Untangling Home Ownership With Your Ex: The Deeds And Dont's

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December 18, 2016

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It is so important to get your name straightened out on deeds, mortgages, and other assets! When my ex and I broke up I was the one who left the marital home. I couldn’t stand the idea of continuing to live within those walls tainted by our marriage dysfunction- it was as though it was haunted! So, I made the choice to literally walk away from our property because I wanted our divorce to be done ASAP!

Mind you, our home was nothing fantastic. It was our starter home that was also my DIY nightmare as one project after another that my ex started never got finished. The kitchen countertops had been torn up for several months, the living room floors were in transition between carpet and eventually refinishing the wood floors, and so on and so on. I knew I didn’t have the expertise to finish the many half done jobs, and he was never going to.

I might have made a completely different decision about the house if I felt I was up to the task of maintaining and repairing its many “charms”, but I feared it was only going to become more and more of a problem. Additionally, we were upside down on the mortgage. Even if we decided to battle over the house, the best case scenario was likely that a judge would have forced us to sell the house and split the proceeds. Our castle of despair wasn’t going to earn us any profits!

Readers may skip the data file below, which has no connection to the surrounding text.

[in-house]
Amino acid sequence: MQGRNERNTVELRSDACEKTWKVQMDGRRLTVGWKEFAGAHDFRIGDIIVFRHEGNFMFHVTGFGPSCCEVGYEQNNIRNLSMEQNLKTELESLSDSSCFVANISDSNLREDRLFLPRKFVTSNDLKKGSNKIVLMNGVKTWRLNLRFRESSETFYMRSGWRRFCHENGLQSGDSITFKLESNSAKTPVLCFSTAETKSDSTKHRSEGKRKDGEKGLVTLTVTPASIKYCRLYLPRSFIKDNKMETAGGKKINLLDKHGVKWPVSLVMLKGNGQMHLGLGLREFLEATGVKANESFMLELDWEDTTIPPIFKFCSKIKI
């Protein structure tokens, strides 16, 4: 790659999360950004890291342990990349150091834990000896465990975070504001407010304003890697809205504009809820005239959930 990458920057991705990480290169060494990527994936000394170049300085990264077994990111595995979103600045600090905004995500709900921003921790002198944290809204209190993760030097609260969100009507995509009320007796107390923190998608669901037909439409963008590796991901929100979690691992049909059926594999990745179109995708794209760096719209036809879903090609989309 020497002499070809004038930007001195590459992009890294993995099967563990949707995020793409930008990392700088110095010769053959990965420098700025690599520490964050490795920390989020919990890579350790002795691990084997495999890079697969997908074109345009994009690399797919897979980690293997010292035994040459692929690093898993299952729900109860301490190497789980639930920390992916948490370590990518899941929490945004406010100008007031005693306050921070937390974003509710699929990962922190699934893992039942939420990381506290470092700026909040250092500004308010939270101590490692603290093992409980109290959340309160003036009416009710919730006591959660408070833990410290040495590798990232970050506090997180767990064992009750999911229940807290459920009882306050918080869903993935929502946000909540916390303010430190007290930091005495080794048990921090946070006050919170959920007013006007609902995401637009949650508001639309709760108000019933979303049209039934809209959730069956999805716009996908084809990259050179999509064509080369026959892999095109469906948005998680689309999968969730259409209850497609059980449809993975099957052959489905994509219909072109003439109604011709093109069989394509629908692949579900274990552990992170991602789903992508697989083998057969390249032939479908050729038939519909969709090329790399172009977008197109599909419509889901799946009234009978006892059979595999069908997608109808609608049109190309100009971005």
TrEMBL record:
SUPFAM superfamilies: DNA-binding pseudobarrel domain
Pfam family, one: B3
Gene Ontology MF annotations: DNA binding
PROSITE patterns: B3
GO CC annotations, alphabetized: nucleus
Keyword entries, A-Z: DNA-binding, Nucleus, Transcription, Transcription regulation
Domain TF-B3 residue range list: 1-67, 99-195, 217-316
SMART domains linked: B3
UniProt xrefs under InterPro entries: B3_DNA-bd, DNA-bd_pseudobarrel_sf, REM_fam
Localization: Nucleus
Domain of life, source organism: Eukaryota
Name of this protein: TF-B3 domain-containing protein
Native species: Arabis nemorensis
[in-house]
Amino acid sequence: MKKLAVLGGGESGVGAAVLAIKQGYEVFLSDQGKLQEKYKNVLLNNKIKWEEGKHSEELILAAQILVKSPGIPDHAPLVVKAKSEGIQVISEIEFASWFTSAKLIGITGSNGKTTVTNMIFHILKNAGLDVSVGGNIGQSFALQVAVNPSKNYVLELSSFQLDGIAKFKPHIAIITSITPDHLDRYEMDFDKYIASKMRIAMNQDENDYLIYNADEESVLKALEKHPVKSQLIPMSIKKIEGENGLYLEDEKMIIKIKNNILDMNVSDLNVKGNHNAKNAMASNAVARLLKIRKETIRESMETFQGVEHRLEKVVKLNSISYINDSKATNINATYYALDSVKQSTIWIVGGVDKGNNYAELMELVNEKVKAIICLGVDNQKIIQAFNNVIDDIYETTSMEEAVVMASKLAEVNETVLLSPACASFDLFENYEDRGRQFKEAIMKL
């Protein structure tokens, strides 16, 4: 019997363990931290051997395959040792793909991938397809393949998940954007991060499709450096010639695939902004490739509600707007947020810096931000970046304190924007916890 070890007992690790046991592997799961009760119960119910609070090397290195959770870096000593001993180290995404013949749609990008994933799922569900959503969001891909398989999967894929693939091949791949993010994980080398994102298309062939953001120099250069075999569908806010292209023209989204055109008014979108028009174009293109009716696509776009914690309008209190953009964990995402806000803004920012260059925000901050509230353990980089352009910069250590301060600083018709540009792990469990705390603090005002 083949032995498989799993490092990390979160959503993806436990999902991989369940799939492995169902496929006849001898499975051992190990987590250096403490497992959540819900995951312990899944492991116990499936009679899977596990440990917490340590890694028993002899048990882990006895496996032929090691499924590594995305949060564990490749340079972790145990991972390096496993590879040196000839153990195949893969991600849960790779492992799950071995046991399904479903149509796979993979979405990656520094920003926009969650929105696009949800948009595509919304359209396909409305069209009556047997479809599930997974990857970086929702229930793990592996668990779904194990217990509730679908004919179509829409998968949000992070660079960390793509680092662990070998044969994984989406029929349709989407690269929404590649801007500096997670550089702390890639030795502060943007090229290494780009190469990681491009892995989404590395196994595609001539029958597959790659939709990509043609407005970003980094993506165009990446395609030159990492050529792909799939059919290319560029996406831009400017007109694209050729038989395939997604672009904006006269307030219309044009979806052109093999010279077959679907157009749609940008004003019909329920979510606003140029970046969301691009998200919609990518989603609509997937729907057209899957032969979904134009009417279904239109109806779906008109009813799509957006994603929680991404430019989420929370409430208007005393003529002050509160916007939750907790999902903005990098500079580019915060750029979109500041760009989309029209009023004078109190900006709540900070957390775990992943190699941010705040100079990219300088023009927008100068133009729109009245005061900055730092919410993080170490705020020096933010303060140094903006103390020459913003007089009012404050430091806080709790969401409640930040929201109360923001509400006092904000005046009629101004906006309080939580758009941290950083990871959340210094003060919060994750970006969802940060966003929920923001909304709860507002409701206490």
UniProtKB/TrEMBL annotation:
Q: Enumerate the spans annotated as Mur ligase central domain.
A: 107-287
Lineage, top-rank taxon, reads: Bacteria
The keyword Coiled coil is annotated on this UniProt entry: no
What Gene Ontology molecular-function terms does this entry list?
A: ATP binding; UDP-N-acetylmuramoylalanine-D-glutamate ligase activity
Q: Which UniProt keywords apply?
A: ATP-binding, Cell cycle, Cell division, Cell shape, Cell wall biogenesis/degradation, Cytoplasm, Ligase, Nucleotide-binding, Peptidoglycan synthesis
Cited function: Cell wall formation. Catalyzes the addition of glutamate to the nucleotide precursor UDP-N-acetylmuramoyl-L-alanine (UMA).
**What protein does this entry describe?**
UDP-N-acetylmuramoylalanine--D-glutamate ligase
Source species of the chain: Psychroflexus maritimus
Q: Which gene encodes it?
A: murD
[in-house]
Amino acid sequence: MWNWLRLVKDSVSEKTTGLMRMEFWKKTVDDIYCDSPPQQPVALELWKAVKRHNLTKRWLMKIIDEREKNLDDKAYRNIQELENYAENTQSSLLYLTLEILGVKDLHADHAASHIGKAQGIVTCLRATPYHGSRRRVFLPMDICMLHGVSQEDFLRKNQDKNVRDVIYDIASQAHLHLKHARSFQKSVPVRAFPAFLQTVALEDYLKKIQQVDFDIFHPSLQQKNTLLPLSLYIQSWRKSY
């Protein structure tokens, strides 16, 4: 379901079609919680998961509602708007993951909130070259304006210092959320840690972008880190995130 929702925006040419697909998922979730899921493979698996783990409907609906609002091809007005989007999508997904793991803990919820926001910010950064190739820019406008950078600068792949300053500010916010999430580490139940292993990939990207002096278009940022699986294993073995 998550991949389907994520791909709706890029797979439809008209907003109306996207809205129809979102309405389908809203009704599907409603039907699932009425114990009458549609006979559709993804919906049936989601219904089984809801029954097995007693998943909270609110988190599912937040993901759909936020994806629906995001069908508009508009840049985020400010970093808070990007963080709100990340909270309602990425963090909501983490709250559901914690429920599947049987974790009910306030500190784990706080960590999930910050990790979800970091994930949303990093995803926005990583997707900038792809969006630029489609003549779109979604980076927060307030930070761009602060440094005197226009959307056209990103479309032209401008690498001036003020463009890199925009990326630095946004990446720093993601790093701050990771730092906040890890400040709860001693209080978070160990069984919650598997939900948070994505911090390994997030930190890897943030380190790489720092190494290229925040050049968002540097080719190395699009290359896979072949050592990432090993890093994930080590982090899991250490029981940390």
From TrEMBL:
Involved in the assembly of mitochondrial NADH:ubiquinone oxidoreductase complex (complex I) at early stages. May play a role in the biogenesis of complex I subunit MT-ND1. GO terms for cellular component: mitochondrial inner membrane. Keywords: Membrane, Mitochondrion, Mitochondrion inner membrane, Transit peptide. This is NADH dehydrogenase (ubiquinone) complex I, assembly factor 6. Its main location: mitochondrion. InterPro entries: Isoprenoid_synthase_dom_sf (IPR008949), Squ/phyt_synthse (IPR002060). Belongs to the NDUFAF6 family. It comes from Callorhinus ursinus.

I saw me leaving him with that house as a sort of gift to my kids. He made less than me, so I knew that if he were to need to rent a new home he would be unlikely to find anything halfway decent, and I hated the thought of my kids spending their week with dad in some rat hole. I knew I had a better chance of striking out on my own and finding something decent and making it home for my kids, and I was right.

If our house had been something truly valuable or I didn’t fear so much for where my kids might end up, it definitely would have been foolish to walk away from something of value that I had paid into for over a decade. In my mind, walking away from him and that house bought my ticket to freedom from oppression! Hanging onto my half of a money pit would have drawn out the process even further and quite possibly cost me money I didn’t have.

Thankfully our dissolution agreement clearly spelled out the terms of him keeping the house: moving forward from the divorce he was responsible for all taxes, utilities, upkeep, and other costs associated with the home. The last thing I wanted was to be called in as a responsible party if a tree fell on the roof or he failed to pay the taxes!

Our plan also stated that he had 30 months from the time of our dissolution to remove my name from the house. It wasn’t possible for him to complete this process at the time of the divorce, and all that was important to me was that it did happen and within a reasonable and specified amount of time.